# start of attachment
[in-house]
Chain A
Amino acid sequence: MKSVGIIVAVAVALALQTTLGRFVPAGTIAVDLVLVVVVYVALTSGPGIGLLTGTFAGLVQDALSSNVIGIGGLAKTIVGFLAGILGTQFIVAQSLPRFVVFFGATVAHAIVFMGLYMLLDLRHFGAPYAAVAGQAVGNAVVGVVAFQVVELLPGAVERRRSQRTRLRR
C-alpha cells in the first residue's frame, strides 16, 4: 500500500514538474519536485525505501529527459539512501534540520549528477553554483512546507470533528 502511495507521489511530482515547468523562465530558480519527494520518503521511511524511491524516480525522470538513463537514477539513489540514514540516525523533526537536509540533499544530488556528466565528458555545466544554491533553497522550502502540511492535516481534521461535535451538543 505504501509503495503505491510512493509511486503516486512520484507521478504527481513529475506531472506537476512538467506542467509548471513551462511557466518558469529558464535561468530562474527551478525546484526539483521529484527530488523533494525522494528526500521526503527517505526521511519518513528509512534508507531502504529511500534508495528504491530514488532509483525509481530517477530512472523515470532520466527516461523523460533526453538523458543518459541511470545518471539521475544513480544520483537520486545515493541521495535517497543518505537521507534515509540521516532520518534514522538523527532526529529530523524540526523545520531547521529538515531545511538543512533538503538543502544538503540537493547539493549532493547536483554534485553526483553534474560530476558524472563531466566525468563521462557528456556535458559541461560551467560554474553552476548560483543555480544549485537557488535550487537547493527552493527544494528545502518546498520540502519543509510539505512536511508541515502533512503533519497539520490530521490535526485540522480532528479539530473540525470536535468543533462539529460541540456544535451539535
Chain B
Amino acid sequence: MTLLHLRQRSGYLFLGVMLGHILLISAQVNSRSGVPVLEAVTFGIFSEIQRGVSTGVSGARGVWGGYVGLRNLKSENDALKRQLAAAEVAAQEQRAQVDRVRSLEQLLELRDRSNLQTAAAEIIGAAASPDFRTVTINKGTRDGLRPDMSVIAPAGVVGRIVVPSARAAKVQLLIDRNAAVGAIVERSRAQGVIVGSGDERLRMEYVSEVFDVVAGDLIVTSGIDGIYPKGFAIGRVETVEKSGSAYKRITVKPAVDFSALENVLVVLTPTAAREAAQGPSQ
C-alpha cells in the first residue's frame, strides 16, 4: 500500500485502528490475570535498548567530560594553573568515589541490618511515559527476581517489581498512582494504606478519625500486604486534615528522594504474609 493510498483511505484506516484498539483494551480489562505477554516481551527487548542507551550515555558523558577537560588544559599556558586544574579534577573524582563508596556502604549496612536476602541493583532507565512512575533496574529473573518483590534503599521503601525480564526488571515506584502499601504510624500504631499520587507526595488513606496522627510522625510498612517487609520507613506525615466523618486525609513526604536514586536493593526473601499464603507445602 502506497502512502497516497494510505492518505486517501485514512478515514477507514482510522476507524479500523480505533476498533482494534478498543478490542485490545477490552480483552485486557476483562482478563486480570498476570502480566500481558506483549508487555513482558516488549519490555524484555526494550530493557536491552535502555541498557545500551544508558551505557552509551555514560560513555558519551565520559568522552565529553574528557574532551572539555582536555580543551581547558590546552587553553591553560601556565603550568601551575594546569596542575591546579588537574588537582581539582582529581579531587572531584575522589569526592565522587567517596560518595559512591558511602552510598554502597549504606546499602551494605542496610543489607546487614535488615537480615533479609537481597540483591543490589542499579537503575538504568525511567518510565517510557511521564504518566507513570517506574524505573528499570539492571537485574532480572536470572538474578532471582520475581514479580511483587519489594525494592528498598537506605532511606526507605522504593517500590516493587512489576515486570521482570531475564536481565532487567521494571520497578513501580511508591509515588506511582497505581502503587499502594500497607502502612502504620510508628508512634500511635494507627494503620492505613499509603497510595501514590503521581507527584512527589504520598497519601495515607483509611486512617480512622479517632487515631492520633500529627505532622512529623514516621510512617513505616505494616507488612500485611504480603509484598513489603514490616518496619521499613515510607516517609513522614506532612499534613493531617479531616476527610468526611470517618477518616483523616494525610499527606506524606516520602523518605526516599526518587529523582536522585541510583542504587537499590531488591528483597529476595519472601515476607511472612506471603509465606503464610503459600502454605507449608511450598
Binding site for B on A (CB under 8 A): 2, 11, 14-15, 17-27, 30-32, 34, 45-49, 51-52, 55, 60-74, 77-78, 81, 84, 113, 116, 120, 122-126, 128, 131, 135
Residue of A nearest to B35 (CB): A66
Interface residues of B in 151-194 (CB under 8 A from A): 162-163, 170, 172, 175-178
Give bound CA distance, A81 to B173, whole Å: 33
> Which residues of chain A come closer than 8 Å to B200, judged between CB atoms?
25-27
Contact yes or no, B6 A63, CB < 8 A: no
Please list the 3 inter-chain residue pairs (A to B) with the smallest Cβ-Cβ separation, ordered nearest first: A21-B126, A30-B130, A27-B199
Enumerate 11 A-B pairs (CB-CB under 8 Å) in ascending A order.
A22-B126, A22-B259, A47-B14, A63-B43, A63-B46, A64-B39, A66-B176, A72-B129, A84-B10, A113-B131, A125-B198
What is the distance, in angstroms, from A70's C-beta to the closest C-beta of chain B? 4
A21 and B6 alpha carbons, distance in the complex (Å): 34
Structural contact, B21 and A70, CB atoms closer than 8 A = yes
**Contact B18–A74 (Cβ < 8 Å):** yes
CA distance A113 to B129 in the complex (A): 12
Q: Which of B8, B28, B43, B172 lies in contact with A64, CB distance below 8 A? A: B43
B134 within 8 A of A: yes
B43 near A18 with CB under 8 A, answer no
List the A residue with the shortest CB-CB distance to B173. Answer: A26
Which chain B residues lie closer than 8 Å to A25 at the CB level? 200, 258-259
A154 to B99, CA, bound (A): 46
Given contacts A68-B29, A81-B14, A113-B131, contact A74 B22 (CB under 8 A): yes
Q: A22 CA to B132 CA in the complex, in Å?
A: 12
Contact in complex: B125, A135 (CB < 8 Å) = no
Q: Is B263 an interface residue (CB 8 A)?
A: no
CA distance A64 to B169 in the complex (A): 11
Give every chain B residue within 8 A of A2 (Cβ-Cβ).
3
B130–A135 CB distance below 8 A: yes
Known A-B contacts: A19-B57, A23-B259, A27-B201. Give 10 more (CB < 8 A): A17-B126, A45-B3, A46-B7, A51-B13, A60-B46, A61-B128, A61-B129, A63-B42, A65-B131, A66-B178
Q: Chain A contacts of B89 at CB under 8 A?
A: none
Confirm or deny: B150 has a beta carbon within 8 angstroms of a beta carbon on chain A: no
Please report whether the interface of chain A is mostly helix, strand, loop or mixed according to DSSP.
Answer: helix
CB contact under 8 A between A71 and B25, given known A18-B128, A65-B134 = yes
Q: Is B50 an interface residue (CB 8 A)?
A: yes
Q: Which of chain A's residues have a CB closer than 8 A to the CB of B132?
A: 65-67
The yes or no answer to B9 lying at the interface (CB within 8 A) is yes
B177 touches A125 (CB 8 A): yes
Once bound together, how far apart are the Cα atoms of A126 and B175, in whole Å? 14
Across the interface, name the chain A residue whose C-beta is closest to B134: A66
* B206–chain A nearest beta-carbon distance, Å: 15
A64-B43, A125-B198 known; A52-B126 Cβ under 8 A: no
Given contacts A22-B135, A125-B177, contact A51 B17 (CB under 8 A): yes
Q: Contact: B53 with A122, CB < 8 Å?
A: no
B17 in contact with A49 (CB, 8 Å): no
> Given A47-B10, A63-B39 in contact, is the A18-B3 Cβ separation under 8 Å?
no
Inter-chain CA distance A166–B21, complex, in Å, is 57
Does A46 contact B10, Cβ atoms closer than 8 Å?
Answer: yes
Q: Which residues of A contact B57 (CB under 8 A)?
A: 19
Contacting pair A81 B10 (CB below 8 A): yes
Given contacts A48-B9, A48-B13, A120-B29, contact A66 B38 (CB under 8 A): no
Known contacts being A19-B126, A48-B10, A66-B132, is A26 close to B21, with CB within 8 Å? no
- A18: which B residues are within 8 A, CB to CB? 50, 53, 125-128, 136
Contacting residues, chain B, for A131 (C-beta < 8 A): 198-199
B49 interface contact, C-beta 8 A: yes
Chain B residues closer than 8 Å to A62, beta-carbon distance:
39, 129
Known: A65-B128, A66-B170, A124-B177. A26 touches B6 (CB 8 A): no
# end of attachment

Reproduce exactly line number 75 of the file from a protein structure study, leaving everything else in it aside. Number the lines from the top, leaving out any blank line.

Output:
Known: A65-B128, A66-B170, A124-B177. A26 touches B6 (CB 8 A): no